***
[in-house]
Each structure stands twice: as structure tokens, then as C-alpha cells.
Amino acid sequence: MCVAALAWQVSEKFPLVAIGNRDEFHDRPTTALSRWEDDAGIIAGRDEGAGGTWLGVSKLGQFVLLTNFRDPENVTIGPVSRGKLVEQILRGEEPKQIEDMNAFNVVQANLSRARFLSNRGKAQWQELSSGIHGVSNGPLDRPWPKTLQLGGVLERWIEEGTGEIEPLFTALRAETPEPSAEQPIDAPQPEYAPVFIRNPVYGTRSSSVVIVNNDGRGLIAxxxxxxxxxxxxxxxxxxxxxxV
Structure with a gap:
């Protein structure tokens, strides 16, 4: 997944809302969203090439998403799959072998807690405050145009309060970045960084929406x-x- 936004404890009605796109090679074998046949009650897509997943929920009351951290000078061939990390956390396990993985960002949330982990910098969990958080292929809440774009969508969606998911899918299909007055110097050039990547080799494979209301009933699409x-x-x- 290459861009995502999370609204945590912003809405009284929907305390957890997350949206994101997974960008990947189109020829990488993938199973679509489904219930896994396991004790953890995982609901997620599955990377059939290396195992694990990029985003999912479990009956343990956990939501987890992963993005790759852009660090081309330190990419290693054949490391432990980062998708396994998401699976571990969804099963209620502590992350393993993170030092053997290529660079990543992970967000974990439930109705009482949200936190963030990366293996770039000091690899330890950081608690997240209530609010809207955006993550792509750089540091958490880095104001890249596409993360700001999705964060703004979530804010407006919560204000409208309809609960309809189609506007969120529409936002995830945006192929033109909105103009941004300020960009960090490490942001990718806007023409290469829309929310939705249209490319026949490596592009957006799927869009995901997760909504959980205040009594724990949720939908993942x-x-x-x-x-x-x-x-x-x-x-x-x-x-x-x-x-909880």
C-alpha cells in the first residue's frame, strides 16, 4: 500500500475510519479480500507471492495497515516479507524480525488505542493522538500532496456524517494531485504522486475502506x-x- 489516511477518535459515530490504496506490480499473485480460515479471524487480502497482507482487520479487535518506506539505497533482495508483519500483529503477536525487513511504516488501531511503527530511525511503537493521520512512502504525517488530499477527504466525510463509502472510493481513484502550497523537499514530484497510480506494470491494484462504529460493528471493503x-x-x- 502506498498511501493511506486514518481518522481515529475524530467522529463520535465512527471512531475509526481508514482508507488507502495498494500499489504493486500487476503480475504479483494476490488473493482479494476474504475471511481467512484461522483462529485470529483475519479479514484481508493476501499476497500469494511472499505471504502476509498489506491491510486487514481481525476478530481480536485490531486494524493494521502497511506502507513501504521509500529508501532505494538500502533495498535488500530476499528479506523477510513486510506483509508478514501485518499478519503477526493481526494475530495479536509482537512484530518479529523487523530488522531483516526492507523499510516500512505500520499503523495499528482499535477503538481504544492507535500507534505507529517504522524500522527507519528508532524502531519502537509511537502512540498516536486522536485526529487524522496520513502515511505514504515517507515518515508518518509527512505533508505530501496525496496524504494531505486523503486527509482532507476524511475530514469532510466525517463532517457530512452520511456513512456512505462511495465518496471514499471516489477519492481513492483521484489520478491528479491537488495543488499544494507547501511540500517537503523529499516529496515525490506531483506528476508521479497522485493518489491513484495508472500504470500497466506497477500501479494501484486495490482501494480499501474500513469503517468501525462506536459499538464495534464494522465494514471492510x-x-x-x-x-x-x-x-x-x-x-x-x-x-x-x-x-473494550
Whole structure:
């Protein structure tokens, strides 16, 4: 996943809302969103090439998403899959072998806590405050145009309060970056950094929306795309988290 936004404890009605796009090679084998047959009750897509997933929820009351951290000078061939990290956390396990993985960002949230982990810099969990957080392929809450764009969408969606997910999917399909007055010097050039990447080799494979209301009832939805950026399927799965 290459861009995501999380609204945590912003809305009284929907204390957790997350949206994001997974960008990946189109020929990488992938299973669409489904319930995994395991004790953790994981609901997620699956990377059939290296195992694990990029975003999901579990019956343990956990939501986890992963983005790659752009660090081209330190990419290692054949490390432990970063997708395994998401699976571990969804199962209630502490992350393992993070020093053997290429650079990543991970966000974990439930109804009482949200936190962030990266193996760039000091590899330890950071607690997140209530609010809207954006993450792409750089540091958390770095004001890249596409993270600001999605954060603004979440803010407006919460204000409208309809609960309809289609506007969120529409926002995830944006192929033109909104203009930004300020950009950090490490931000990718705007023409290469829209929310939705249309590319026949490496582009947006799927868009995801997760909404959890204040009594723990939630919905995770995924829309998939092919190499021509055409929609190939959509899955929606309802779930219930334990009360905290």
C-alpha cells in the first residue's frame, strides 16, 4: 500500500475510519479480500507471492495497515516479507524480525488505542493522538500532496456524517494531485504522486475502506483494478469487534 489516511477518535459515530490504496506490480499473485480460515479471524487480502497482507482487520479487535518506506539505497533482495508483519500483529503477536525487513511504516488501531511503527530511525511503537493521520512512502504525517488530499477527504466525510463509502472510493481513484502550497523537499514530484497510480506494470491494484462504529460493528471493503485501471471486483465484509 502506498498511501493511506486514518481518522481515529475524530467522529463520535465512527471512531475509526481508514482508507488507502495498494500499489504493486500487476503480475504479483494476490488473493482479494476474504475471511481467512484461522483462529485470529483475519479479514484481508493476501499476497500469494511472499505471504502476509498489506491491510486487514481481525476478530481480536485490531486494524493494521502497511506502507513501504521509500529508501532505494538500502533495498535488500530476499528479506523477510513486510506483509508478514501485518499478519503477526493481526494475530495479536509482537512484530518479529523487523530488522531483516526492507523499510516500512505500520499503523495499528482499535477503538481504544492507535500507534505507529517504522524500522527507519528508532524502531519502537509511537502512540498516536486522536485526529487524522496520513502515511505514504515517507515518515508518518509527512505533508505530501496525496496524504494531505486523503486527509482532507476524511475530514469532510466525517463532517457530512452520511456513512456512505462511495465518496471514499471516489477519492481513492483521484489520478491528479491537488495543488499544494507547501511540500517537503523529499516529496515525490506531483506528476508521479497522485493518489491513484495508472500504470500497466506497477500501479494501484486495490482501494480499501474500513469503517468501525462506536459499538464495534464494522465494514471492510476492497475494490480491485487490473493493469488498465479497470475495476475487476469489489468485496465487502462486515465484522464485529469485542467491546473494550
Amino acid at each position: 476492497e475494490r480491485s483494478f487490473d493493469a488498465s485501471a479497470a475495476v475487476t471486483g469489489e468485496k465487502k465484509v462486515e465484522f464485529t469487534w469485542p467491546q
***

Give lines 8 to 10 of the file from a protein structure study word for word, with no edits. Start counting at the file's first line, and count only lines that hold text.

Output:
């Protein structure tokens, strides 16, 4: 996943809302969103090439998403899959072998806590405050145009309060970056950094929306795309988290 936004404890009605796009090679084998047959009750897509997933929820009351951290000078061939990290956390396990993985960002949230982990810099969990957080392929809450764009969408969606997910999917399909007055010097050039990447080799494979209301009832939805950026399927799965 290459861009995501999380609204945590912003809305009284929907204390957790997350949206994001997974960008990946189109020929990488992938299973669409489904319930995994395991004790953790994981609901997620699956990377059939290296195992694990990029975003999901579990019956343990956990939501986890992963983005790659752009660090081209330190990419290692054949490390432990970063997708395994998401699976571990969804199962209630502490992350393992993070020093053997290429650079990543991970966000974990439930109804009482949200936190962030990266193996760039000091590899330890950071607690997140209530609010809207954006993450792409750089540091958390770095004001890249596409993270600001999605954060603004979440803010407006919460204000409208309809609960309809289609506007969120529409926002995830944006192929033109909104203009930004300020950009950090490490931000990718705007023409290469829209929310939705249309590319026949490496582009947006799927868009995801997760909404959890204040009594723990939630919905995770995924829309998939092919190499021509055409929609190939959509899955929606309802779930219930334990009360905290």
C-alpha cells in the first residue's frame, strides 16, 4: 500500500475510519479480500507471492495497515516479507524480525488505542493522538500532496456524517494531485504522486475502506483494478469487534 489516511477518535459515530490504496506490480499473485480460515479471524487480502497482507482487520479487535518506506539505497533482495508483519500483529503477536525487513511504516488501531511503527530511525511503537493521520512512502504525517488530499477527504466525510463509502472510493481513484502550497523537499514530484497510480506494470491494484462504529460493528471493503485501471471486483465484509 502506498498511501493511506486514518481518522481515529475524530467522529463520535465512527471512531475509526481508514482508507488507502495498494500499489504493486500487476503480475504479483494476490488473493482479494476474504475471511481467512484461522483462529485470529483475519479479514484481508493476501499476497500469494511472499505471504502476509498489506491491510486487514481481525476478530481480536485490531486494524493494521502497511506502507513501504521509500529508501532505494538500502533495498535488500530476499528479506523477510513486510506483509508478514501485518499478519503477526493481526494475530495479536509482537512484530518479529523487523530488522531483516526492507523499510516500512505500520499503523495499528482499535477503538481504544492507535500507534505507529517504522524500522527507519528508532524502531519502537509511537502512540498516536486522536485526529487524522496520513502515511505514504515517507515518515508518518509527512505533508505530501496525496496524504494531505486523503486527509482532507476524511475530514469532510466525517463532517457530512452520511456513512456512505462511495465518496471514499471516489477519492481513492483521484489520478491528479491537488495543488499544494507547501511540500517537503523529499516529496515525490506531483506528476508521479497522485493518489491513484495508472500504470500497466506497477500501479494501484486495490482501494480499501474500513469503517468501525462506536459499538464495534464494522465494514471492510476492497475494490480491485487490473493493469488498465479497470475495476475487476469489489468485496465487502462486515465484522464485529469485542467491546473494550
Amino acid at each position: 476492497e475494490r480491485s483494478f487490473d493493469a488498465s485501471a479497470a475495476v475487476t471486483g469489489e468485496k465487502k465484509v462486515e465484522f464485529t469487534w469485542p467491546q